THE GOVERNMENT’S growing concern about the increasing influx of migrants is perfectly understandable, especially as its options for dealing with the problem are limited. This was evident from the comments made by interior minister Constantinos Petrides on Wednesday after the meeting of the ministerial committee on migration, which included the ministers of foreign affairs, justice and labour.
The committee agreed on certain measures but all it can hope is that these will contain the problem rather than eliminate it. In the first eight months of 2018 there was a 55 per cent increase in asylum applications, compared to the corresponding period of the previous year; in numbers these had risen from 2,600 to 4,022. The increase for 2017 was 56 per cent.
Among the measures decided by the ministerial committee were the speeding up of the examination of asylum applications that are submitted by people abusing the system; he was referring to people that arrive legally as workers or students and apply for asylum when their residence permit expires. Next year a special court will be set up to examine appeals against rejected asylum applications. Until now, appeals were used as a way for applicants to buy time given the long delays of the justice system.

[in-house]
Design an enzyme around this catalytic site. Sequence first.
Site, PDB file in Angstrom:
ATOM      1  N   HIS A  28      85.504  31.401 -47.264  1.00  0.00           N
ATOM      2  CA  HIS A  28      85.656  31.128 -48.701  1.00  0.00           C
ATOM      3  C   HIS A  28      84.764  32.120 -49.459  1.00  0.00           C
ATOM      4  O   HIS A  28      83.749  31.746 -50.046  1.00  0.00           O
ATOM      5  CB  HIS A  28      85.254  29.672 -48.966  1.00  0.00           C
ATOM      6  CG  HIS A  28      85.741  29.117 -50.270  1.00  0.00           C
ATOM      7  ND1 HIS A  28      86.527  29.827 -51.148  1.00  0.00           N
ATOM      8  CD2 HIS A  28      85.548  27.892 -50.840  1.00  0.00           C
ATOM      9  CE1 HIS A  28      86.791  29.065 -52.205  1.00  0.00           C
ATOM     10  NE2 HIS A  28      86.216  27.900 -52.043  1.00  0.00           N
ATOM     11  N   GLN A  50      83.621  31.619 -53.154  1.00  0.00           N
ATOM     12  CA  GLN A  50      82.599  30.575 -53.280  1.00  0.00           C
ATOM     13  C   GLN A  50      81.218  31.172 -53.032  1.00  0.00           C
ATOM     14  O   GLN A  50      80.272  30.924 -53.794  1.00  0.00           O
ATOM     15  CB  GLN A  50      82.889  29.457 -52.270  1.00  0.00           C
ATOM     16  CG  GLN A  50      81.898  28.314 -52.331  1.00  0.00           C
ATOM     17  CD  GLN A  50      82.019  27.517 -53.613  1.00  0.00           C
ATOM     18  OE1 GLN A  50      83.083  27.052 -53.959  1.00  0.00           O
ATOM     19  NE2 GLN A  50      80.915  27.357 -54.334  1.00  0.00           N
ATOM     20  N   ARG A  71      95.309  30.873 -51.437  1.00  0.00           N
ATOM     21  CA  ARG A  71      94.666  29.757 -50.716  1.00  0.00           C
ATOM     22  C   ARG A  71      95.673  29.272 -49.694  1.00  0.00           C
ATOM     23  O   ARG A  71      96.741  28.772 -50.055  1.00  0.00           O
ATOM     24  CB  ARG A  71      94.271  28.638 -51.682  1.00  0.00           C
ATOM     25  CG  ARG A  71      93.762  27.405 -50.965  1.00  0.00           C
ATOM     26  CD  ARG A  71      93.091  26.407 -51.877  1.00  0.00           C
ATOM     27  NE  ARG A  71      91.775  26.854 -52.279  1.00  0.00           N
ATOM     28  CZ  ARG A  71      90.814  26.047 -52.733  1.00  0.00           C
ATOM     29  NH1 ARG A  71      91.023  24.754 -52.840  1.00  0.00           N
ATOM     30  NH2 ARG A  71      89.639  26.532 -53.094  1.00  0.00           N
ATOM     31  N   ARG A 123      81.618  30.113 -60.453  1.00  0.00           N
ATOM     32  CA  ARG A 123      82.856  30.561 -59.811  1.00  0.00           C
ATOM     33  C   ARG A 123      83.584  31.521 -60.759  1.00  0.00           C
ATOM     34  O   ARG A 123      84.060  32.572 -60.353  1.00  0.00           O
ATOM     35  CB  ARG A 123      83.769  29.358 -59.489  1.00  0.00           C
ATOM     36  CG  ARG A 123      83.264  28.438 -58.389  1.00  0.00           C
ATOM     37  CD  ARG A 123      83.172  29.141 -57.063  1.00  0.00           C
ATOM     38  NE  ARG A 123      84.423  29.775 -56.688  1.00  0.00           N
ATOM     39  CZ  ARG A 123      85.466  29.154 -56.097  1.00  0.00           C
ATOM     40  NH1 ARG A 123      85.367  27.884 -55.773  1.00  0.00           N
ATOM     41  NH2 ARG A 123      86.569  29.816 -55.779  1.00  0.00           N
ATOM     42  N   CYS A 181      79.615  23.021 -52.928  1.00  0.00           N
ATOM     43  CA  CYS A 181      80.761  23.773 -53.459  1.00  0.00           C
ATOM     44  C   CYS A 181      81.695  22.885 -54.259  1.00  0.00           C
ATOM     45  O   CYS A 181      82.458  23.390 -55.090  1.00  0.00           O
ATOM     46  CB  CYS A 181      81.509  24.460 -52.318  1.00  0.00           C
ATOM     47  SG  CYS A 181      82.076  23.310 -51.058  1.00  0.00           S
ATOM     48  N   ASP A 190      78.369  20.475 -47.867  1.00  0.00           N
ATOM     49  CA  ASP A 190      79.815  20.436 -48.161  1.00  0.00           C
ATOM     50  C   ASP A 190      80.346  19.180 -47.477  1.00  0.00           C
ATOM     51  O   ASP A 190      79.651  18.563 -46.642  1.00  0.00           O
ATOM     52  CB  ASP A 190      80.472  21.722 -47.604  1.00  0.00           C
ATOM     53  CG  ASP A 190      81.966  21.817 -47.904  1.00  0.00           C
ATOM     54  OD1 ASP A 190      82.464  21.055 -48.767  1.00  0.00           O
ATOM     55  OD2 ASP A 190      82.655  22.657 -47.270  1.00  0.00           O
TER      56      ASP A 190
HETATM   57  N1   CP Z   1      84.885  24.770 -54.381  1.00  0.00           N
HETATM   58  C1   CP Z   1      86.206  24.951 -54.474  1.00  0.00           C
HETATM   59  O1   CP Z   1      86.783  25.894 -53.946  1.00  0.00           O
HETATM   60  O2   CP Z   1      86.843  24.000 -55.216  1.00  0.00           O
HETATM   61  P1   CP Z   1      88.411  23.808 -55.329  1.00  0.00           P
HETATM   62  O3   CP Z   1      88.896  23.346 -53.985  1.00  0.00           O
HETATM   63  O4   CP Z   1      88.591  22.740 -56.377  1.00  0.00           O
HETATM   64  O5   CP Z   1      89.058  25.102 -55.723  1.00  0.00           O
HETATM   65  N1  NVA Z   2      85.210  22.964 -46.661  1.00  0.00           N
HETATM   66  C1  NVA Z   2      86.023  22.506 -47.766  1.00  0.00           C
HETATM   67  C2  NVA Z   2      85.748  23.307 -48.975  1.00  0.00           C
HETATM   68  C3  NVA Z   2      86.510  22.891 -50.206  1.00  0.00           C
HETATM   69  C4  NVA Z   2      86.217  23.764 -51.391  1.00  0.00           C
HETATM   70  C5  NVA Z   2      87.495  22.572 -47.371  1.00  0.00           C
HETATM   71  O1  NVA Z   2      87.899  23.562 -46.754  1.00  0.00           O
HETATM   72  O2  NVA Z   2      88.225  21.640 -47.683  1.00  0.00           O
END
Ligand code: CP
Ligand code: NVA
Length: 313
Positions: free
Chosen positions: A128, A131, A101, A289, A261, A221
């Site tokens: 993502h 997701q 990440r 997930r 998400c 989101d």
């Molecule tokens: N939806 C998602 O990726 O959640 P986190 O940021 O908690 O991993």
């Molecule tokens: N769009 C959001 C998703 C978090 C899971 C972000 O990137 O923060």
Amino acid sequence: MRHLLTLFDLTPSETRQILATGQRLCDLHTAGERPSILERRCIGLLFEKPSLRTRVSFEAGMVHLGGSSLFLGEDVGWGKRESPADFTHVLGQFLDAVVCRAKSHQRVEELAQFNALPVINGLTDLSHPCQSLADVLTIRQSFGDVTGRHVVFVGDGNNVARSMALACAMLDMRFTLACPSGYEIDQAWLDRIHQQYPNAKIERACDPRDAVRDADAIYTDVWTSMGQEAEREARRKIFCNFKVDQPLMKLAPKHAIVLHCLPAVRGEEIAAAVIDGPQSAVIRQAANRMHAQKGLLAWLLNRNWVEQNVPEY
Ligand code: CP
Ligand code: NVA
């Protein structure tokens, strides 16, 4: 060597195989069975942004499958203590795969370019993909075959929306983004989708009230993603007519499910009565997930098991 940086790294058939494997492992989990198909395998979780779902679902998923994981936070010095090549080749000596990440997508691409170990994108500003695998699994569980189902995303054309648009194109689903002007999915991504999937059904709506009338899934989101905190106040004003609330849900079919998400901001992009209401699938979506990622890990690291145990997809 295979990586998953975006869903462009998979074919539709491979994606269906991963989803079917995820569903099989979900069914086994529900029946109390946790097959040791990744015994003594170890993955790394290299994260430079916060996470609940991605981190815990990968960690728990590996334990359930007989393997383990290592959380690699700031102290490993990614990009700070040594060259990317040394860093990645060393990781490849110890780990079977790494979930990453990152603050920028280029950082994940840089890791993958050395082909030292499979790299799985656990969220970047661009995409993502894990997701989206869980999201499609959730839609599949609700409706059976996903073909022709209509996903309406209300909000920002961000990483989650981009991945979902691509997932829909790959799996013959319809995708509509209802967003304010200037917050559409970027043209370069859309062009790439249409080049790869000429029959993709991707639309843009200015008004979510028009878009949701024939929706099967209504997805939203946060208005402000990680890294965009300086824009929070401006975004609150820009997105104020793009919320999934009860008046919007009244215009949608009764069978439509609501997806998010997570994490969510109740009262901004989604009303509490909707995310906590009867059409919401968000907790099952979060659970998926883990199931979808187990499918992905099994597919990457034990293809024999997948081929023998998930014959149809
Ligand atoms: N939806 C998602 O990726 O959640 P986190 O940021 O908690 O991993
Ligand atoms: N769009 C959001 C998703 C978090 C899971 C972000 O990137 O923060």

While these measures may have an impact, they are not designed to deal with the influx of Syrian refugees, who are fleeing a war-zone and cannot be turned away. According to Petrides there are currently 15,000 Syrians that have either been given asylum or have applied for it. Many of them arrive from the north – 1,520 this year, so far – and cannot be turned back. Better surveillance of the buffer zone was a measure also discussed on Wednesday.
The total number of asylum applications may seem small for big European countries, but as a proportion of the population Cyprus tops the EU list, according to Eurostat, with over 5,000 per million population. Petrides was obviously unhappy with the absence of an EU policy framework that would include an automatic mandatory redistribution mechanism of refugees across the entire EU territory. This will not happen given the obdurate refusal of central European states such as Poland, Hungary, Austria, Slovakia to take any refugees.
And to make matters worse, the European Commission is considering setting up centres for migrants in EU member-states and Cyprus was mentioned as one of the possible countries to host such a centre. The government, with ample justification, will reject such a proposal, which seems designed to penalise the frontline EU countries that are facing the brunt of the migration problem, while other member-state refuse to have anything to do with it.